Ubuntu and GNU/Linux Audiocasts/Shows

  • Ubuntu Podcast from the UK LoCo: S12E28 – Super Sprint

    This week we’ve been doing ITIL Foundation training. Following the release of Ubuntu 19.10 (Eoan Ermine), we discuss our wish list items for Ubuntu Desktop 20.04 (Focal Fossa), bring you some command line love and go over all your feedback. It’s Season 12 Episode 28 of the Ubuntu Podcast! Alan Pope, Mark Johnson and Martin Wimpress are connected and speaking to your brain.

  • Podcast Ubuntu Portugal: Ep 61 – Ubucon Europe 2019 Mashup show
  • Single Board Computers | Choose Linux 20

    We are joined by special guest Chz who is a long-time user of single board computers to talk about how we use boards like the Raspberry Pi, Orange Pi, and ROCKPro64.

  • 2019-10-17 | Linux Headlines

    OpenStack’s Train release pulls into the station amidst mixed news from supporters, Ubuntu 19.10 has arrived with plenty of tempting features, NGINX’s Unit application server receives a big update, IBM’s financials continue to disappoint, and some welcome security improvements for Chrome on Android.

today's howtos

Games: Tannenberg, Project Zomboid and Jackbox Party Pack 6

  • Tannenberg the WWI FPS adds the new Ukraine map, still on sale in a bundle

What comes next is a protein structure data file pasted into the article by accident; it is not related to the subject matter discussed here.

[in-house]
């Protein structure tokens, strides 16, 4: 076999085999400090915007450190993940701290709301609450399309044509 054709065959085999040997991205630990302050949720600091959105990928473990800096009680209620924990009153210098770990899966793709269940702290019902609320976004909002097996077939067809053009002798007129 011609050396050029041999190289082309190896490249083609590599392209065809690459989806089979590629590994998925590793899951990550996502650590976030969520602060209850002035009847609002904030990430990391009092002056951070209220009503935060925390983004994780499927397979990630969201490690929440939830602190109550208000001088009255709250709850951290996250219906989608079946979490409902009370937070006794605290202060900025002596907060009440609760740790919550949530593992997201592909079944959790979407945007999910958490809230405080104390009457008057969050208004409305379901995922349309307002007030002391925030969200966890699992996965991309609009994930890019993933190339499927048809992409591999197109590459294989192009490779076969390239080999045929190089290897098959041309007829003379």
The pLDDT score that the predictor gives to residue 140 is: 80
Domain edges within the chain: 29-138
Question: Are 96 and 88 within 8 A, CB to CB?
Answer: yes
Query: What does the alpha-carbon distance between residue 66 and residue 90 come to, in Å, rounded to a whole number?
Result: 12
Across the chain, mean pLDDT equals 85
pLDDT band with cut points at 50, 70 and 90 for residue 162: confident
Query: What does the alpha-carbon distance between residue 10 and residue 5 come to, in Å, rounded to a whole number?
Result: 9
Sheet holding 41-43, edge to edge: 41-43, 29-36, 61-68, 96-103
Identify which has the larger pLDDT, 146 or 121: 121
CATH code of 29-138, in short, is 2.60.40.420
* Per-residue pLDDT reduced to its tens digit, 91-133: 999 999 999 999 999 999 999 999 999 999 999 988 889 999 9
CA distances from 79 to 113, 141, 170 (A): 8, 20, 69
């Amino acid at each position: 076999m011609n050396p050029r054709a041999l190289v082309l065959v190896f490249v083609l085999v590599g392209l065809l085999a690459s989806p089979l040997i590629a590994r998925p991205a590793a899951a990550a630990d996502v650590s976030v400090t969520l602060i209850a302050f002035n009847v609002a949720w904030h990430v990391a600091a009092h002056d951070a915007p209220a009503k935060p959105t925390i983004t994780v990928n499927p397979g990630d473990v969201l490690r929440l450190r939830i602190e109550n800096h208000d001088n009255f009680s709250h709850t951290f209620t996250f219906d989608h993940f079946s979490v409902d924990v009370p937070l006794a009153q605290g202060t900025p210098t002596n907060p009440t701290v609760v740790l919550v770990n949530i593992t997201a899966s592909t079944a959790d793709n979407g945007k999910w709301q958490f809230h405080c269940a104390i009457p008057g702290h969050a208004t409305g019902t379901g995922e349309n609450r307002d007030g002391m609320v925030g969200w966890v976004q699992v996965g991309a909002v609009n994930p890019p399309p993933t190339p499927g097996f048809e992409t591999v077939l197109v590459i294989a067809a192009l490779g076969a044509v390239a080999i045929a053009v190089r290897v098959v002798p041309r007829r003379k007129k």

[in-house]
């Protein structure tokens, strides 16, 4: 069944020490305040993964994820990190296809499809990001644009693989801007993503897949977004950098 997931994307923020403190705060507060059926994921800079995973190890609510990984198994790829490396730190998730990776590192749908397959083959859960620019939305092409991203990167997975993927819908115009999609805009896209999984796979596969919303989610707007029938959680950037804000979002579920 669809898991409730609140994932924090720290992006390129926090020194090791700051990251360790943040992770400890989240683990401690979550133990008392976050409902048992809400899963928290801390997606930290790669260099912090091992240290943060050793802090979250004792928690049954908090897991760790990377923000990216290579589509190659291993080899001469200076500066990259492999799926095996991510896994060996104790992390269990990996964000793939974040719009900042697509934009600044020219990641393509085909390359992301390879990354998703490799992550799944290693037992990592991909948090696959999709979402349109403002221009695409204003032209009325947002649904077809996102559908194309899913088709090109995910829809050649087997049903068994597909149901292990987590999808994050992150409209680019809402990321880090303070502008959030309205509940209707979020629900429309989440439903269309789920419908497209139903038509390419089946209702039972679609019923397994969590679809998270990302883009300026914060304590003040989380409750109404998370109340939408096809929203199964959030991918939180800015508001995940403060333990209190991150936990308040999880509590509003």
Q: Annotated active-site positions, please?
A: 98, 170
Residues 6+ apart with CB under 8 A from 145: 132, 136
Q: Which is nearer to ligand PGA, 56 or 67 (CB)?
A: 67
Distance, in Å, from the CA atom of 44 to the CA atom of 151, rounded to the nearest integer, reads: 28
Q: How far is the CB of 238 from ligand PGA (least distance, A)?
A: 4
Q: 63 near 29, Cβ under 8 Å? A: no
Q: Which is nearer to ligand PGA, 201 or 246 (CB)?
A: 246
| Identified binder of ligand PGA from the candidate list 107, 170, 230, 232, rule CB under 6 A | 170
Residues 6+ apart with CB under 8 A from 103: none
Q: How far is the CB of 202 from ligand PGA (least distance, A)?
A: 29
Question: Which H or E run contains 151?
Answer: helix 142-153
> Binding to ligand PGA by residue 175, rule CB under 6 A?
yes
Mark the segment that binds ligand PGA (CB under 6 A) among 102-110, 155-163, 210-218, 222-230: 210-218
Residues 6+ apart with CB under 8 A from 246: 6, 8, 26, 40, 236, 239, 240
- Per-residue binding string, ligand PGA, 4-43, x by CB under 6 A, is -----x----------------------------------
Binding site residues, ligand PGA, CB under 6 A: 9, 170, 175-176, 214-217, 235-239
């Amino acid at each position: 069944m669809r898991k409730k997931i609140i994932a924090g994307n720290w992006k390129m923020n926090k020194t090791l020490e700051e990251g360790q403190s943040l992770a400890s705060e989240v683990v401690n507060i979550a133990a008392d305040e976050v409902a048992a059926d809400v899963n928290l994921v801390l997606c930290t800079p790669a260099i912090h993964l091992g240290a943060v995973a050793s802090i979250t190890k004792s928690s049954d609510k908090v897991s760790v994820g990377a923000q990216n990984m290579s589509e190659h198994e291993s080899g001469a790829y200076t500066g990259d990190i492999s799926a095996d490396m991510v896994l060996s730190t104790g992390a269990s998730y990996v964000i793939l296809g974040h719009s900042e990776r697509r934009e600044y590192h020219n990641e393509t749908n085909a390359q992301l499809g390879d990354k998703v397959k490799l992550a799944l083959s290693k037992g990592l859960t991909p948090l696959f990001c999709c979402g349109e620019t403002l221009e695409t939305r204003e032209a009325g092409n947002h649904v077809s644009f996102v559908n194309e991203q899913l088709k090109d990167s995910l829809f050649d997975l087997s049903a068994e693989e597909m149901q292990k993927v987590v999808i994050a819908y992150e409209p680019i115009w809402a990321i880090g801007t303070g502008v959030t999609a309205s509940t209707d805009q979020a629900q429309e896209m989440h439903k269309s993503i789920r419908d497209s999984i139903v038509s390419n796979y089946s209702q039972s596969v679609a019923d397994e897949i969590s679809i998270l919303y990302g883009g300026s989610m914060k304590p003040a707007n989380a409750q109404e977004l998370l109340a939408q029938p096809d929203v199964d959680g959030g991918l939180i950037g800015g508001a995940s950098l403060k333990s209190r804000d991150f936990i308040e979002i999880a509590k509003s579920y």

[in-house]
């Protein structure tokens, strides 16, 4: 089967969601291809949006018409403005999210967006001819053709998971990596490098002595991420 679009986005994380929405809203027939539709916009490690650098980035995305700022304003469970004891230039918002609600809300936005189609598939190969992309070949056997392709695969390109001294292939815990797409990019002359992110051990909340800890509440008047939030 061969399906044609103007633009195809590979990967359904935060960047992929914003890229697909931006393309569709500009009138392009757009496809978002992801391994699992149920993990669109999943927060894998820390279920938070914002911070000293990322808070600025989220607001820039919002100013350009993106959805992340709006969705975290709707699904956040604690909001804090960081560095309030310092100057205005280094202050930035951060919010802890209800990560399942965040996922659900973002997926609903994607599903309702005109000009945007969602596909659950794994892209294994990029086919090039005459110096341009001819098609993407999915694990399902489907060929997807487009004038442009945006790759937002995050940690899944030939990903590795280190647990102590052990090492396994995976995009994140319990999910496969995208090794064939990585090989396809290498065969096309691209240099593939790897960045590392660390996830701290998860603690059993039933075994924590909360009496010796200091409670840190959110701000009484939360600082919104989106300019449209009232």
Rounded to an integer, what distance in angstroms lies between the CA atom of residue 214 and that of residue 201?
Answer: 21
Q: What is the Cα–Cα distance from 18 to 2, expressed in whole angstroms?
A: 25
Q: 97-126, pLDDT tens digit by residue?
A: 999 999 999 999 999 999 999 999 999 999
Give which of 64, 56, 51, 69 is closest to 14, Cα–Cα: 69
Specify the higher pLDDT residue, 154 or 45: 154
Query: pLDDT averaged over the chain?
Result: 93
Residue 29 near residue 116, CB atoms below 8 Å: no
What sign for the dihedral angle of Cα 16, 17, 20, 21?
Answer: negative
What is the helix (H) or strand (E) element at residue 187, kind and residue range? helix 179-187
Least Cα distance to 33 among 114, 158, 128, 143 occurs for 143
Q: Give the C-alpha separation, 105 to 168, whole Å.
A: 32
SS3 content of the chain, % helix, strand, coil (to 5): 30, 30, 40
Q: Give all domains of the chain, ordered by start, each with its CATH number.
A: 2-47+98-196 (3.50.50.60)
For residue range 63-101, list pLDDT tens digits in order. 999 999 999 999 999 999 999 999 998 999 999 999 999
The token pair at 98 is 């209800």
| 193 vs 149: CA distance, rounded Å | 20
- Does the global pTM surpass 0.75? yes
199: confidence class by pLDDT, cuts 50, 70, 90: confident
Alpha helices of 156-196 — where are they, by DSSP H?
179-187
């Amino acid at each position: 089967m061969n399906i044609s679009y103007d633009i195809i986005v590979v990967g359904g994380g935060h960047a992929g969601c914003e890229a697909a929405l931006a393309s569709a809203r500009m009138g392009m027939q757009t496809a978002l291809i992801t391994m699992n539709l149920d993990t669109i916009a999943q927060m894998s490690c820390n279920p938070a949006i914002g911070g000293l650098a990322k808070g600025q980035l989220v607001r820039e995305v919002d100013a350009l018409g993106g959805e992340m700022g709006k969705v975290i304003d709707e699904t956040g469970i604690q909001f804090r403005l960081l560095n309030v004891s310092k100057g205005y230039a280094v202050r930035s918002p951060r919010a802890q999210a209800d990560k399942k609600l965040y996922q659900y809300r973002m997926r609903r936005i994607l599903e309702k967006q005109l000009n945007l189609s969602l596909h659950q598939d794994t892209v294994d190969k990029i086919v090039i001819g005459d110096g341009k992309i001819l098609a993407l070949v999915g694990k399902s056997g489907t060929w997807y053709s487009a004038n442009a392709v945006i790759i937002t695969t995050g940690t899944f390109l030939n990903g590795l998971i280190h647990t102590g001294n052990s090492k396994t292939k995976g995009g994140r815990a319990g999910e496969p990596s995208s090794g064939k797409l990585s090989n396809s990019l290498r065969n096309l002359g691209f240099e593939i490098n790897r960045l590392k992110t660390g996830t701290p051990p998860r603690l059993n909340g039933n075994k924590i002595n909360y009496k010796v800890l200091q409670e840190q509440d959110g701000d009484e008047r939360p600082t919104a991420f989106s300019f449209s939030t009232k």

M2H and Blackmill Games have just release another pretty big update to Tannenberg, their impressive WWI first-person shooter. Today's update adds in the Ukraine map which the developers say has plenty of open ground for HMGs to get you in their sights, with extensive trench networks to give some cover.

  • Project Zomboid just had the biggest Beta release ever overhauling loads of features

    Move over 7 Days to Die, you're not the only Zombie survival game in town with a recent overhaul. Project Zomboid is another that just released an absolutely massive Beta update to try out. Included in their "IWBUMS" (I Will Back Up My Save) Beta branch on Steam (not on GOG until stable) is the first step towards Project Zomboid version 41. The amount of changes included is quite ridiculous. The Indie Stone even said it's the "most fundamental and wide-ranging update that Project Zomboid has ever had" and they're not wrong. This latest Beta is work towards making Project Zomboid feel a little more alive and have a wider variety for everything. It's a foundation to bring even more big changes to PZ, with the new animation work in this build helping to bring wild animals in the next major build. This Beta is expected to last a while, as they have more to add back into it.

  • The Jackbox Party Pack 6 has officially released with Linux support

    In the mood to have a party? Well you're in luck as The Jackbox Party Pack 6 is now available with Linux support. Continuing their great support of Linux gaming, all six packs have Linux versions which is excellent! What makes the Jackbox Party Pack (any of them) great is how you connect to play them. No need to hook up 4 or 5 gamepads, stretch wires across the floor or anything annoying like that. You load the game, tell everyone to pull out their phone or tablet and connect up to their website with a room code and—pop, you're in the game.